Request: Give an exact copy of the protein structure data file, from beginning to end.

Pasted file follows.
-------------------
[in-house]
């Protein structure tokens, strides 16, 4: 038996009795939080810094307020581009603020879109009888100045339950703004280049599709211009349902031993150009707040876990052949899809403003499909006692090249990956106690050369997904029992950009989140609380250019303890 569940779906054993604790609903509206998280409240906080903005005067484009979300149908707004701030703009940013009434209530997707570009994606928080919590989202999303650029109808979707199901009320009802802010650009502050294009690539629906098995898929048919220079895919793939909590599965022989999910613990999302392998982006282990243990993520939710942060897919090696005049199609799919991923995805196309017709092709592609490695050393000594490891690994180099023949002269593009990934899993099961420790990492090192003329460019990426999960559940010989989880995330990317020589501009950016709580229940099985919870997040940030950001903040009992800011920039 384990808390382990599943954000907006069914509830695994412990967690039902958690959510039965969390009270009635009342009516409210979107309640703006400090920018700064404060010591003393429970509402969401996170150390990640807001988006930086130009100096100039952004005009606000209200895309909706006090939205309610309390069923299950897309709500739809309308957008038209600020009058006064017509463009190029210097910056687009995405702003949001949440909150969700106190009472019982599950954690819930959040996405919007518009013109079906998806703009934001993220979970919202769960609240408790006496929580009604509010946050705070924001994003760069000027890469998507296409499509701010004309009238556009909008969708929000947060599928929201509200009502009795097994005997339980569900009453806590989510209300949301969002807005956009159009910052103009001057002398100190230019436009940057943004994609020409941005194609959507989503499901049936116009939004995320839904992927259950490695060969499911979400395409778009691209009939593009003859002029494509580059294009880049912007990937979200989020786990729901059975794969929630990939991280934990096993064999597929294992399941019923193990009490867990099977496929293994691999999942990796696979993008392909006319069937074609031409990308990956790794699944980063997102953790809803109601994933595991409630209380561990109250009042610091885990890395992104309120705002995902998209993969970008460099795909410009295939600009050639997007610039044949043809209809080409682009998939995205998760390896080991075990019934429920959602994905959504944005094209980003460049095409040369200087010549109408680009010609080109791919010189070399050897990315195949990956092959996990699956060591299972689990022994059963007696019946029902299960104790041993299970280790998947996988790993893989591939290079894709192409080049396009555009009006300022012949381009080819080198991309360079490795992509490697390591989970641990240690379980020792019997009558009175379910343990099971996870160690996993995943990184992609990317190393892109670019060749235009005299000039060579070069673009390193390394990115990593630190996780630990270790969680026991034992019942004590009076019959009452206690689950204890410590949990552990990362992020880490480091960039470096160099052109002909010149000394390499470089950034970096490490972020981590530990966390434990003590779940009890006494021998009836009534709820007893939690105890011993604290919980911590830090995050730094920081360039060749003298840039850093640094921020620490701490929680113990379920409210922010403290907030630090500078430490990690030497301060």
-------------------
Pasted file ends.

[in-house]
């Protein structure tokens, strides 16, 4: 038996009795939080810094307020581009603020879109009888100045339950703004280049599709211009349902031993150009707040876990052949899809403003499909006692090249990956106690050369997904029992950009989140609380250019303890 569940779906054993604790609903509206998280409240906080903005005067484009979300149908707004701030703009940013009434209530997707570009994606928080919590989202999303650029109808979707199901009320009802802010650009502050294009690539629906098995898929048919220079895919793939909590599965022989999910613990999302392998982006282990243990993520939710942060897919090696005049199609799919991923995805196309017709092709592609490695050393000594490891690994180099023949002269593009990934899993099961420790990492090192003329460019990426999960559940010989989880995330990317020589501009950016709580229940099985919870997040940030950001903040009992800011920039 384990808390382990599943954000907006069914509830695994412990967690039902958690959510039965969390009270009635009342009516409210979107309640703006400090920018700064404060010591003393429970509402969401996170150390990640807001988006930086130009100096100039952004005009606000209200895309909706006090939205309610309390069923299950897309709500739809309308957008038209600020009058006064017509463009190029210097910056687009995405702003949001949440909150969700106190009472019982599950954690819930959040996405919007518009013109079906998806703009934001993220979970919202769960609240408790006496929580009604509010946050705070924001994003760069000027890469998507296409499509701010004309009238556009909008969708929000947060599928929201509200009502009795097994005997339980569900009453806590989510209300949301969002807005956009159009910052103009001057002398100190230019436009940057943004994609020409941005194609959507989503499901049936116009939004995320839904992927259950490695060969499911979400395409778009691209009939593009003859002029494509580059294009880049912007990937979200989020786990729901059975794969929630990939991280934990096993064999597929294992399941019923193990009490867990099977496929293994691999999942990796696979993008392909006319069937074609031409990308990956790794699944980063997102953790809803109601994933595991409630209380561990109250009042610091885990890395992104309120705002995902998209993969970008460099795909410009295939600009050639997007610039044949043809209809080409682009998939995205998760390896080991075990019934429920959602994905959504944005094209980003460049095409040369200087010549109408680009010609080109791919010189070399050897990315195949990956092959996990699956060591299972689990022994059963007696019946029902299960104790041993299970280790998947996988790993893989591939290079894709192409080049396009555009009006300022012949381009080819080198991309360079490795992509490697390591989970641990240690379980020792019997009558009175379910343990099971996870160690996993995943990184992609990317190393892109670019060749235009005299000039060579070069673009390193390394990115990593630190996780630990270790969680026991034992019942004590009076019959009452206690689950204890410590949990552990990362992020880490480091960039470096160099052109002909010149000394390499470089950034970096490490972020981590530990966390434990003590779940009890006494021998009836009534709820007893939690105890011993604290919980911590830090995050730094920081360039060749003298840039850093640094921020620490701490929680113990379920409210922010403290907030630090500078430490990690030497301060």